St. Gallen, Switzerland, from the air. The medieval walled city core is clearly visible among the more regular fabric of later-built streets and buildings. The Abbey and its World Heritage Site Bibliothek can be seen at about four o'clock in the walled part of the city.

The Bibliotek (Library) was closed when we arrived. We were ready to take a rest anyway, so found a spot on the spacious and sunny courtyard lawn and got out a picnic lunch. The day was bright and only slightly cool; though cars puttered by outside the court and a bell nearby clanged the hour and several other people sat on the grass and on nearby benches, the courtyard felt extraordinarily tranquil and pleasant. We munched and chatted, and I tried to put my finger on what made the courtyard feel so different from the surrounding area.

Look closer at the Abbey and its grounds. It takes up a large area within the walled city, and though the surrounding land slopes to the northwest, (that is, toward the photo's top left corner), the huge Abbey courtyard is almost perfectly level.

I had been thinking about the slope/cost issue for a quite some time, and it sprang to mind again in that peaceful abbey close. From the railroad station in the valley bottom, we had climbed winding medieval city streets to get to the Abbey; the walled city around the Abbey sat considerably higher than the station itself. Outside the three-sided Abbey complex, streets bent and sloped against the thick walls of the Roman Catholic enclave. Inside, green grass carpeted an utterly level quadrangle, muffling sound and lying like a tablecloth on a tabletop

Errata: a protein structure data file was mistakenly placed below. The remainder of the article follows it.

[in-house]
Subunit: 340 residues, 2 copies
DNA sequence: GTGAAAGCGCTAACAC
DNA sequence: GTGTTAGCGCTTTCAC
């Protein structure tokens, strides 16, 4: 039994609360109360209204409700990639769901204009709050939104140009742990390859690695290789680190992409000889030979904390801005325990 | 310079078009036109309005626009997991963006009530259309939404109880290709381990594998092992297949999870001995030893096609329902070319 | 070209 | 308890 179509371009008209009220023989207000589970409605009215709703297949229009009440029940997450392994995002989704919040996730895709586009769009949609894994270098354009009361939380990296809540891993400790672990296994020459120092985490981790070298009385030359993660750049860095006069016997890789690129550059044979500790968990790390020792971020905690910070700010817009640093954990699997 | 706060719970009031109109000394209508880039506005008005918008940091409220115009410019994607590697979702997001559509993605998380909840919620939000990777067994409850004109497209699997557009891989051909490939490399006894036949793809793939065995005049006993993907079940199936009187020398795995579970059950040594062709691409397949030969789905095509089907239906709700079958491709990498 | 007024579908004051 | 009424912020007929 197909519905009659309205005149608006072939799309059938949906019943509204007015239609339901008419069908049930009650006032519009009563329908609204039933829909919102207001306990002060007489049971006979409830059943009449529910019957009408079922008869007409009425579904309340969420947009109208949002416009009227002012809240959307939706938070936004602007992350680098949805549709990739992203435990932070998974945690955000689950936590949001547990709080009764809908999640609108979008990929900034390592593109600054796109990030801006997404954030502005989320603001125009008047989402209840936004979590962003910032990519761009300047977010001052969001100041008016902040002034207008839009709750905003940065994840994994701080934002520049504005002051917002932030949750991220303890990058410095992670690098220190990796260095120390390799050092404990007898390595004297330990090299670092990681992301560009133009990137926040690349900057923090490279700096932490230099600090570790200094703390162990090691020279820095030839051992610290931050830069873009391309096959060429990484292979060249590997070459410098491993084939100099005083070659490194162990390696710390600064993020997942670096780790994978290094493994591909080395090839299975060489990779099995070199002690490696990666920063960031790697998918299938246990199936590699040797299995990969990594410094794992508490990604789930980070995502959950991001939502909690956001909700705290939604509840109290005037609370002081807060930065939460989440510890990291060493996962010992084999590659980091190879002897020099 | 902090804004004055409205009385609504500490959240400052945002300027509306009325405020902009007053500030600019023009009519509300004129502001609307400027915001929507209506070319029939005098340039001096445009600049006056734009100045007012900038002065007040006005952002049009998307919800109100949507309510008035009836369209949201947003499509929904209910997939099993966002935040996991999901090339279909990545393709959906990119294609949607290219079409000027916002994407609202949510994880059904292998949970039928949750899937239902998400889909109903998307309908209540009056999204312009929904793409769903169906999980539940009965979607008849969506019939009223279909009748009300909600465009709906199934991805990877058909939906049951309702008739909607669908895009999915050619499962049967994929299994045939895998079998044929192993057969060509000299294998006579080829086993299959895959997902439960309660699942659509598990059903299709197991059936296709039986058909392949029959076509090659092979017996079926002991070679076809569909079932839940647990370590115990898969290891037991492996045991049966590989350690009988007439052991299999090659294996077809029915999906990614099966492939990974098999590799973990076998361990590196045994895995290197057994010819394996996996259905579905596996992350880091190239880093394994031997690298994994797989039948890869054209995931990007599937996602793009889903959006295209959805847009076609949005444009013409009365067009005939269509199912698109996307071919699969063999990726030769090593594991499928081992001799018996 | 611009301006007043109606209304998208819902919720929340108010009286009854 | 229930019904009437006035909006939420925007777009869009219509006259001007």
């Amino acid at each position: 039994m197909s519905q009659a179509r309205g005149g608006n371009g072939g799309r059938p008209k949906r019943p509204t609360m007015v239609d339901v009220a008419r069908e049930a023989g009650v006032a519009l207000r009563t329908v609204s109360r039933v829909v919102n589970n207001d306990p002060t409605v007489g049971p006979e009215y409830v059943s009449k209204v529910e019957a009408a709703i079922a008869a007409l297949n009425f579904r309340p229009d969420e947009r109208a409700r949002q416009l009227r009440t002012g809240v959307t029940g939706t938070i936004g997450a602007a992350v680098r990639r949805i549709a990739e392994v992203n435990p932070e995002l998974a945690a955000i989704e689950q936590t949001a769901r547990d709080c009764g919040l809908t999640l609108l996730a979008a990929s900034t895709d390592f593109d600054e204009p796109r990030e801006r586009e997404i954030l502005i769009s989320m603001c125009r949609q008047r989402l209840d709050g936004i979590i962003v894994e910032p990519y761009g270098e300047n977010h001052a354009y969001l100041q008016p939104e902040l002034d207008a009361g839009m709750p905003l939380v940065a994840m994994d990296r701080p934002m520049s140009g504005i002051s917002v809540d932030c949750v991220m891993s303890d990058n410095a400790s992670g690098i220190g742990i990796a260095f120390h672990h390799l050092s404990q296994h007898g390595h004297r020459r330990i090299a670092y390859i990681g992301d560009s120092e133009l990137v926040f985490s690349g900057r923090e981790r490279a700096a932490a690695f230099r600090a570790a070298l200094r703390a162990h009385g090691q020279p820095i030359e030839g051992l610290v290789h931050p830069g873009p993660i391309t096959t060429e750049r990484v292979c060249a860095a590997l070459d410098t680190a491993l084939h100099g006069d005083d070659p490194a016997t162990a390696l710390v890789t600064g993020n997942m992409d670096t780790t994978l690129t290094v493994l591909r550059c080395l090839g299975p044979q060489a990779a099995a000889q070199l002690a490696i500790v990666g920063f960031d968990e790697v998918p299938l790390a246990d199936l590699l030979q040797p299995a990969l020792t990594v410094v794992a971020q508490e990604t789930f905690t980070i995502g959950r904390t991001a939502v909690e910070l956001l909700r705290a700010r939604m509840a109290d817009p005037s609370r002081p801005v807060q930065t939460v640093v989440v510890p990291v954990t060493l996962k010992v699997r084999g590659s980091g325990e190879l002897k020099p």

Outside the Abbey walls is an orderly but dense fabric of masonry buildings and narrow streets that wind up and down the hilly terrain. Inside the Abbey walls, the utterly level and open ground of this tranquil courtyard puts on display the power and wealth of the Church that built it. Photo by kind courtesy of Galen Frysinger, at http://www.galenfrysinger.com/